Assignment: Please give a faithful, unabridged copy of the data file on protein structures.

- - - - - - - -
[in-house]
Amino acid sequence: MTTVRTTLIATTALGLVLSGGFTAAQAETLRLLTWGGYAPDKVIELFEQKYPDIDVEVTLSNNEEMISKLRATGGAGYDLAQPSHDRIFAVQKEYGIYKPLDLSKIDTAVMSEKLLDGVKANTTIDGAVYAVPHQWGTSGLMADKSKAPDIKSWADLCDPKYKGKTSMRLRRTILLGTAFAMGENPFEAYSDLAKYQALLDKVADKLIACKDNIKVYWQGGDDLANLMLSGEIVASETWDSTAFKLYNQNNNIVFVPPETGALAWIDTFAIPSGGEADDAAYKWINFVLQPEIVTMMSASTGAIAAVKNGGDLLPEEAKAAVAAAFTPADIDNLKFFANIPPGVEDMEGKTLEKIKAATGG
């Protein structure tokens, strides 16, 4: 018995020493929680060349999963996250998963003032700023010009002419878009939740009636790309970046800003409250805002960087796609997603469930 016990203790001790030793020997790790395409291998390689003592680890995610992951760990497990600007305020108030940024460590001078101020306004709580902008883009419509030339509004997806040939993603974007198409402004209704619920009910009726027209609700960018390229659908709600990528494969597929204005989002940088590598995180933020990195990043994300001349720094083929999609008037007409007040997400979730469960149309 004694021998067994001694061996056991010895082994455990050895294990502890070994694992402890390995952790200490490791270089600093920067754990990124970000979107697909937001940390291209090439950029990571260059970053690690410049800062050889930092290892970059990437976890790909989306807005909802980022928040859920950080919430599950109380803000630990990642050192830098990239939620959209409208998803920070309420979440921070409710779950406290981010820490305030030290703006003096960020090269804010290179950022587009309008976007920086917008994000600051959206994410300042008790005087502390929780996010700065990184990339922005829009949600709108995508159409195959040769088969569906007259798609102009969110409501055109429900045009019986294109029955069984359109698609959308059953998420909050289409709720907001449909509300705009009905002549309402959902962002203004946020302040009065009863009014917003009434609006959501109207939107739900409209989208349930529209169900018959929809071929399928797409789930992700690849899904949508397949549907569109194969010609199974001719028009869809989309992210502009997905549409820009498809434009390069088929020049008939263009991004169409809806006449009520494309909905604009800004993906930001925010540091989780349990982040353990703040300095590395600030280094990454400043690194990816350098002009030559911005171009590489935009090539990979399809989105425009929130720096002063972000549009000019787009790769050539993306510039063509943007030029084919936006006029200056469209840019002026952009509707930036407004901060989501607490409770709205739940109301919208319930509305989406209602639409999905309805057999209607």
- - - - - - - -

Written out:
[in-house]
Amino acid sequence: MTTVRTTLIATTALGLVLSGGFTAAQAETLRLLTWGGYAPDKVIELFEQKYPDIDVEVTLSNNEEMISKLRATGGAGYDLAQPSHDRIFAVQKEYGIYKPLDLSKIDTAVMSEKLLDGVKANTTIDGAVYAVPHQWGTSGLMADKSKAPDIKSWADLCDPKYKGKTSMRLRRTILLGTAFAMGENPFEAYSDLAKYQALLDKVADKLIACKDNIKVYWQGGDDLANLMLSGEIVASETWDSTAFKLYNQNNNIVFVPPETGALAWIDTFAIPSGGEADDAAYKWINFVLQPEIVTMMSASTGAIAAVKNGGDLLPEEAKAAVAAAFTPADIDNLKFFANIPPGVEDMEGKTLEKIKAATGG
């Protein structure tokens, strides 16, 4: 018995020493929680060349999963996250998963003032700023010009002419878009939740009636790309970046800003409250805002960087796609997603469930 016990203790001790030793020997790790395409291998390689003592680890995610992951760990497990600007305020108030940024460590001078101020306004709580902008883009419509030339509004997806040939993603974007198409402004209704619920009910009726027209609700960018390229659908709600990528494969597929204005989002940088590598995180933020990195990043994300001349720094083929999609008037007409007040997400979730469960149309 004694021998067994001694061996056991010895082994455990050895294990502890070994694992402890390995952790200490490791270089600093920067754990990124970000979107697909937001940390291209090439950029990571260059970053690690410049800062050889930092290892970059990437976890790909989306807005909802980022928040859920950080919430599950109380803000630990990642050192830098990239939620959209409208998803920070309420979440921070409710779950406290981010820490305030030290703006003096960020090269804010290179950022587009309008976007920086917008994000600051959206994410300042008790005087502390929780996010700065990184990339922005829009949600709108995508159409195959040769088969569906007259798609102009969110409501055109429900045009019986294109029955069984359109698609959308059953998420909050289409709720907001449909509300705009009905002549309402959902962002203004946020302040009065009863009014917003009434609006959501109207939107739900409209989208349930529209169900018959929809071929399928797409789930992700690849899904949508397949549907569109194969010609199974001719028009869809989309992210502009997905549409820009498809434009390069088929020049008939263009991004169409809806006449009520494309909905604009800004993906930001925010540091989780349990982040353990703040300095590395600030280094990454400043690194990816350098002009030559911005171009590489935009090539990979399809989105425009929130720096002063972000549009000019787009790769050539993306510039063509943007030029084919936006006029200056469209840019002026952009509707930036407004901060989501607490409770709205739940109301919208319930509305989406209602639409999905309805057999209607």